It was pretty cool to see FIM World Motocross contenders Clement Desalle and Kevin Strijbos try their hand at two rounds of the Lucas Oil Pro Motocross Championship. They acquitted themselves quite well, flirting with 450 Class top fives despite some first-turn crashes. They’re not the only ones to give the Nationals a try. Here are some other stories, and if you remember any others, post them below.
By the Racer X Staff
Stefan Everts: Unadilla, 1997
Endless bench racing sessions have run discussing how the King of Motocross in Europe would have done if he ever tried his hand here. There was only one National, ever, to serve as a test, at Unadilla in 1997. Riding a CR250, Everts was darned good, carding a solid third in moto one. He looked even better in moto two before crashing. He finished fifth, good enough for fourth overall. Oh, if he had only done more!
Joel Smets: Southwick, 2001
In 2001 Joel Smets came across the ocean to race the Southwick National on a big-bore KTM. Smets, a multi-time world champ, wanted to see what moto life was like over here and acquitted himself well in the sand, finishing sixth overall. But he was no match for race-winner Carmichael, who was on a tear that summer aboard his Kawasaki KX250. The cool thing is that Joel and RC became good friends somewhere along the way and when RC retired in 2007, Joel brought his family across to the Atlanta SX to see Ricky race one last time and then enjoy some vacation time with the Carmichaels down in Florida.
That's Stefan Everts at his one and only U.S. National. He also raced a few supercross races back in 1992 and did well. He could have had a future here if he wanted one.
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Josh Coppins: Unadilla, 2002
Unadilla is a popular visiting spot for the GP set, as for some reason the calendar seems to line up on a GP off-weekend, and the track itself, a home to GPs, Trans-AMAs and even a Motocross des Nations over the years, has international style. New Zealand’s Josh Coppins tried it in 2002, riding for Plano Honda in the 250 Class and finishing a solid sixth with (5-8) scores.
Marc DeReuver: Southwick, 2008
The sand specialist made a memorable stop here in 2008, where the European press quoted him as saying he thought he could beat anyone in the U.S. at Southwick except James Stewart. Only problem: DeReuver denied having ever actually said that! Okay, maybe the press got a little too excited, but DeReuver actually came darned close to backing those (not said) words up in moto one, with third behind Stewart and Andrew Short. But the heat, humidity and everything else caught up to him in moto two, and he pulled off. He was definitely fast, though. The Vault will also show you that back in 2001, DeReuver raced the 125 class and finished 20th overall. That was the same day Smets raced the 250 Class, so that ride was largely overshadowed.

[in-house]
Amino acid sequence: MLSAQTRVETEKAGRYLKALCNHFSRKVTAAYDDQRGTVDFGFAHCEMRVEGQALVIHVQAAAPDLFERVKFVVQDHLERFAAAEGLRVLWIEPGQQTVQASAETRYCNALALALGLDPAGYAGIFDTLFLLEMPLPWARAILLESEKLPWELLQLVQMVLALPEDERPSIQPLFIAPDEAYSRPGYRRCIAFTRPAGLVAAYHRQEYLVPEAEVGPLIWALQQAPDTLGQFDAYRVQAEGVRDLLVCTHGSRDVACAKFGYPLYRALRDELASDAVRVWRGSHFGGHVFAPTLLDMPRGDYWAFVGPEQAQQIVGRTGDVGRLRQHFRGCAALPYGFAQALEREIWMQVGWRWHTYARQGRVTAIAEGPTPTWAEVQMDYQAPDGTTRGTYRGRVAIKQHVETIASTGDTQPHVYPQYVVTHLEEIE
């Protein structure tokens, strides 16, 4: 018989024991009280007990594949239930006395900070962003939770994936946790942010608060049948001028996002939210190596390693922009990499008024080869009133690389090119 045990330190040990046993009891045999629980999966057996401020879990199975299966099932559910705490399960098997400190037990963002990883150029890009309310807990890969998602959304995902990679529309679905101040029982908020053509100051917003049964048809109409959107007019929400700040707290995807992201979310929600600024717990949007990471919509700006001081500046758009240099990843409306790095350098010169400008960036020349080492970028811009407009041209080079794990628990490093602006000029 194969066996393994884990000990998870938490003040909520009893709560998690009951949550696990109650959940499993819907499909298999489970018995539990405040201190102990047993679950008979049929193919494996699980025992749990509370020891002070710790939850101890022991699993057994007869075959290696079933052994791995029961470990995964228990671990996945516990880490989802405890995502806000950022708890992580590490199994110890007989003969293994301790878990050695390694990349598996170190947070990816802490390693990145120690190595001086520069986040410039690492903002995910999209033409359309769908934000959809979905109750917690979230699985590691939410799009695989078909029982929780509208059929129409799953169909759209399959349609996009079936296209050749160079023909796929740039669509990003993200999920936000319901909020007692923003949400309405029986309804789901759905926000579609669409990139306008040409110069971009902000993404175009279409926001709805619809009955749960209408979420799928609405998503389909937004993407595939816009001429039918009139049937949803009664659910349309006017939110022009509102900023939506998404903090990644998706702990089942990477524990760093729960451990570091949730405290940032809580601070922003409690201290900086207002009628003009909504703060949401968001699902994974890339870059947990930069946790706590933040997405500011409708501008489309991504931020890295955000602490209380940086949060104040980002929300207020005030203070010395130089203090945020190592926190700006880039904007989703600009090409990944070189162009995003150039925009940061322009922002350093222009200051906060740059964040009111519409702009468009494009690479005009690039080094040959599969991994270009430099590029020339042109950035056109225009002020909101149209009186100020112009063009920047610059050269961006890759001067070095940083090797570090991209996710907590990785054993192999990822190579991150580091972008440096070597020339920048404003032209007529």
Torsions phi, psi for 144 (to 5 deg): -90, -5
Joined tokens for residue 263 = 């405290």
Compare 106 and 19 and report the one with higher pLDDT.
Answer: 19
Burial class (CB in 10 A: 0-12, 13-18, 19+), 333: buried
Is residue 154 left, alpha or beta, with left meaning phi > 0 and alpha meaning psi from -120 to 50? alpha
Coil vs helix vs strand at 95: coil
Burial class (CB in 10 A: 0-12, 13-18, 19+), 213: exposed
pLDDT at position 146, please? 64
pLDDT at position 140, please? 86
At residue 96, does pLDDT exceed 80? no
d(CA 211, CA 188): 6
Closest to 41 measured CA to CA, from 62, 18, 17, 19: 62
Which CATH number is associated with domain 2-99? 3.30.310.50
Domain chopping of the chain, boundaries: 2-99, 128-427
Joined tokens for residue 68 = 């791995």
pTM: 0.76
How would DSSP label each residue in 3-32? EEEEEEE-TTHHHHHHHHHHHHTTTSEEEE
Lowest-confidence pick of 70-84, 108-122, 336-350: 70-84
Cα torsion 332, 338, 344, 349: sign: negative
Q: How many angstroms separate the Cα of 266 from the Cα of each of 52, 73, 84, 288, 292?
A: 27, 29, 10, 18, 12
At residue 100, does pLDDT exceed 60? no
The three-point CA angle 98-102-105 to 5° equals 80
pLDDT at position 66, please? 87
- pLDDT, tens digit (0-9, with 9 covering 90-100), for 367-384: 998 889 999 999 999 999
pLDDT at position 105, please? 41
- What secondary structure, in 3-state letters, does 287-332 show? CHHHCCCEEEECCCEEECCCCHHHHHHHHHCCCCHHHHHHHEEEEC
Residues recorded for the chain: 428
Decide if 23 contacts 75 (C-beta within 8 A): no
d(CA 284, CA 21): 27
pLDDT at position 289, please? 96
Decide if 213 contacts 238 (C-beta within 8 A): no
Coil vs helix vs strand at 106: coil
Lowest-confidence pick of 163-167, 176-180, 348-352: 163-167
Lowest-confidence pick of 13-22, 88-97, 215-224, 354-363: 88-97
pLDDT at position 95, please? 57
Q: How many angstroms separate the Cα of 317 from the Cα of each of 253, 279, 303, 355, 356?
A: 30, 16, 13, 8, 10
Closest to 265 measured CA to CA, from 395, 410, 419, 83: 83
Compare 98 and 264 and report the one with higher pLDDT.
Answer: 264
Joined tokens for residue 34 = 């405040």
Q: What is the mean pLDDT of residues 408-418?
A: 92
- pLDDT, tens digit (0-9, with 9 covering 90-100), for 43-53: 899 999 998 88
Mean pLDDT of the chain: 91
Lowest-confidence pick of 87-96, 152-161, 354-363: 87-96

Clement Desalle: Washougal, 2009 and Unadilla, 2010
There’s a reason the MX Panda was carrying some hype into Thunder Valley this year—he scored three podium finishes in four motos here previously. His 2010 performance at Unadilla was especially impressive. Most of the talk centered on James Stewart’s return to the nationals, but Desalle came about as close to anyone all season to outlasting Ryan Dungey for a win, leading much of the second moto.
Marc "Calimero" DeReuver flew to a podium finish in a Southwick moto in '08.
Carl Stone photo
Jean-Michel Bayle: Gatorback and Unadilla, 1989
When Jean-Michel Bayle was setting himself up for a move to America in 1989, he came across and raced the first six supercross races, plus the opening round of the 250 Nationals at Gatorback, which he famously won. But the real trivia comes in the last race of the season: the Unadilla 500 National. JMB came back again from Europe, having won the 250cc Grand Prix title with ease, and won the final outdoor race of 1989, giving him bookend wins and showing the Americans he could race and win on anything.
Gareth Swanepoel: Unadilla, 2009
Swanepoel eventually became a full-time racer in the U.S. and even won a moto at Southwick for Star Racing Yamaha in 2011. But before that, the South African was a Grand Prix racer, and when the Monster Energy Kawasaki team saw one 450 rider after another go down with injury (first Ryan Villopoto, then his replacement, Ricky Dietrich) they called Gareth over for one race. Of course, it was Unadilla, and he was solid, with (7-6) scores for sixth overall.
That's Desalle on Ryan Clark's privateer Honda at Washougal in 2009.
Simon Cudby photo
Alessio Chiodi: Steel City, 1999